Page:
Carbon containing fuels will be essential for the transport sector for the foreseeable future. However, there is not enough biomass to cover the demand for fuels sustainably. This project addresses a novel approach to produce sustainable fuels: Using surplus electricity from, e.g., wind power to produce hydrogen by steam electrolysis and add it to gasified biomass thereby extending the biomass resources. By combining high temperature electrolysis and thermal gasification with a catalytic converter it becomes possible to synthesize methane or liquid fuels such as methanol. The combined process is very energy efficient due to a tight thermal match between endothermic and exothermic processes. The hydrogen-to-carbon ratio of the feedstock for the catalytic conversion is controlled by adding hydrogen produced by electrolysis to match the required one for the end product. Using the oxygen produced by electrolysis in an oxygen-blown gasification process is highly advantageous as one avoids diluting the feedstock with nitrogen. The project addresses critical research issues that need to be solved for the potential of the technology to be realized. This includes both issues specific to the solid oxide electrochemical cells used in high temperature electrolysis, to realizing oxygen-blown biomass gasification, and to the integrated system. A proof-of-principle will be a main technological outcome of the project. The project brings together three Danish research groups with key expertise in electrolysis, gasification and process simulation. Three companies and a grid operator ensure a focus on market aspects, while six international centers of excellence will give the project access to state-of-the-art knowledge.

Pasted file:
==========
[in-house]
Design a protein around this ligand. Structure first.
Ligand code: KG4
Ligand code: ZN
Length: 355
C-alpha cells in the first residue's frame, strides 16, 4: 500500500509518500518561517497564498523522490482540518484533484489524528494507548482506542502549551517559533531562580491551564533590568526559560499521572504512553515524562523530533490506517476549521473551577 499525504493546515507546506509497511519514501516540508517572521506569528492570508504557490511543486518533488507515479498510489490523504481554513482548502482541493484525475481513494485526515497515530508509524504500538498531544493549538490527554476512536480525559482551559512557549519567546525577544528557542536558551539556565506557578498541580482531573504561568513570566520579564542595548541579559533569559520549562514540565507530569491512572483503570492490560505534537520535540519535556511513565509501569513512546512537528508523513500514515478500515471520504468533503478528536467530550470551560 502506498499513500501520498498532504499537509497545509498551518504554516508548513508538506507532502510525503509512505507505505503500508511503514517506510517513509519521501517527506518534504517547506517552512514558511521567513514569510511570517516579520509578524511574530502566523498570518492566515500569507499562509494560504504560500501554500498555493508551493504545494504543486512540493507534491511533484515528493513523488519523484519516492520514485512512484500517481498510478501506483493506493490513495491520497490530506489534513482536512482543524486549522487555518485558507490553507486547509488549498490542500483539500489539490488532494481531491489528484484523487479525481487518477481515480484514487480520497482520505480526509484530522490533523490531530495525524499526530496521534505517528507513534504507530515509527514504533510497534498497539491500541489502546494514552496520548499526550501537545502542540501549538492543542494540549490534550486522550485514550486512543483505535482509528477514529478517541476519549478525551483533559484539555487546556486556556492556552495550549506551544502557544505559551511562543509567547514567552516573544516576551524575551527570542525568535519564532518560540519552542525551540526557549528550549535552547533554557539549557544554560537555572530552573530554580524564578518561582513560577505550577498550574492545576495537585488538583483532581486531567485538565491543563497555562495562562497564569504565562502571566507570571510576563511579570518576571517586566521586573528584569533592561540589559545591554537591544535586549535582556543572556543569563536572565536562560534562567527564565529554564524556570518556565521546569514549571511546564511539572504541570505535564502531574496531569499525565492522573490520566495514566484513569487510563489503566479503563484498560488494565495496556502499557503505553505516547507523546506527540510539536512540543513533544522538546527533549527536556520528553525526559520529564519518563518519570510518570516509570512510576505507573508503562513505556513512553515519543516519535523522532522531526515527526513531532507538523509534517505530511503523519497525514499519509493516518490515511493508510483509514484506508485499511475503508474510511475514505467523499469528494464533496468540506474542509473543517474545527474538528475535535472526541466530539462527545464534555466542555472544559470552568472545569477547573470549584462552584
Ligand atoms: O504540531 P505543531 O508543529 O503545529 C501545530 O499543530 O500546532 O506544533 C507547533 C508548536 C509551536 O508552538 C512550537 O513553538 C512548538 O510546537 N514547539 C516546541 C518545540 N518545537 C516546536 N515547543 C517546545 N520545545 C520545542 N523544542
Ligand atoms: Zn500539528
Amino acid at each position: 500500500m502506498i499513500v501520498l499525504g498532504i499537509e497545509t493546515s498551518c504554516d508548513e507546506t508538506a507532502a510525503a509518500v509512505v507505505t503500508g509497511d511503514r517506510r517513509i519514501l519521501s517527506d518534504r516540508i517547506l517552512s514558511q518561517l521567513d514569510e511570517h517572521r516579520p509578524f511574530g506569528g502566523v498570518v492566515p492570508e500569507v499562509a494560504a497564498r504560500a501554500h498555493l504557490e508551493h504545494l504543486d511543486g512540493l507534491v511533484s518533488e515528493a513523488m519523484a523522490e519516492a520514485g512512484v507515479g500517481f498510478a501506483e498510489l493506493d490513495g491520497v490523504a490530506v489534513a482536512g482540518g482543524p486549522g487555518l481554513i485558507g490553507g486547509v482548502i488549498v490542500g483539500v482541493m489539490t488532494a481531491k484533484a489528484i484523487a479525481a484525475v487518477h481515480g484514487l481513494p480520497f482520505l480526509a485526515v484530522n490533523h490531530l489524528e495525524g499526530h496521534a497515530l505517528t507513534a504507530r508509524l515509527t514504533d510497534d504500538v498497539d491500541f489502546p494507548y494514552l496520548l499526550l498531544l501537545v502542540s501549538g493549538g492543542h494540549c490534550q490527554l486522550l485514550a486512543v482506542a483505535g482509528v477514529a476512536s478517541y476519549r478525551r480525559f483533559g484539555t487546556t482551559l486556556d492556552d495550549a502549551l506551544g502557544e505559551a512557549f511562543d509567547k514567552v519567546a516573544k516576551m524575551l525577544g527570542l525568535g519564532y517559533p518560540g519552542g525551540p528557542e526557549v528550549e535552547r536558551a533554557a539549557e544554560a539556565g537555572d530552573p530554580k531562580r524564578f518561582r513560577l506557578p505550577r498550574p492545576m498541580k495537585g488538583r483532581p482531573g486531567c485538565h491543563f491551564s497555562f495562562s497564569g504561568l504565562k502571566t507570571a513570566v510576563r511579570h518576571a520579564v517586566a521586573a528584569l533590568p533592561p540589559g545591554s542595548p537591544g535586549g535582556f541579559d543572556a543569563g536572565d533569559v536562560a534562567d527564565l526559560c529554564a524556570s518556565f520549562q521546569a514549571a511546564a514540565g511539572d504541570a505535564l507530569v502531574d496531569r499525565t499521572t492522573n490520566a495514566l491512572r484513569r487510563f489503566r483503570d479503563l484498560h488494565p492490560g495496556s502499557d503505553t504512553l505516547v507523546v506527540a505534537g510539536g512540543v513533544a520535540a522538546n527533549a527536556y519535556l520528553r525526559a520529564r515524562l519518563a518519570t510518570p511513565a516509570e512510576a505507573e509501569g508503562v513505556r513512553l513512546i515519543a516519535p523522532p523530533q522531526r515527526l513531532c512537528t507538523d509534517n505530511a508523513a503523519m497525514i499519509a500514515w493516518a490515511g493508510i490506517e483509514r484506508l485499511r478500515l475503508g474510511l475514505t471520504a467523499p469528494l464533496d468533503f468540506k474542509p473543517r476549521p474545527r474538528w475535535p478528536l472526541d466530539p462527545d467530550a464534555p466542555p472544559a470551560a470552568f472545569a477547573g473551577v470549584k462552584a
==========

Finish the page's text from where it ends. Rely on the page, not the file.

Effective start/end date01/07/201530/06/2019

Collaborative partners

  • Aalborg University (lead)
  • DTU Energy Conversion
  • DTU Chemical Engineering
  • Haldor Topsøe A/S
  • Chalmers University of Technology, Chemical and Biological Engineering
  • DONG ENERGY Thermal Power A/S (DONG)
  • National Institute of Applied Sciences, Mateis, MATEriaux: Ingénierie et Science
  • Department of Energy Engineering Technische Universität Berlin
  • North-western University, Department of Materials Science and Engineering
  • Chinese Academy of Sciences, Institute of Process Engineering
  • Massachusetts Institute of Technology, Nuclear Science and Engineering Dept., (MIT)
  • AVL
ID: 222030267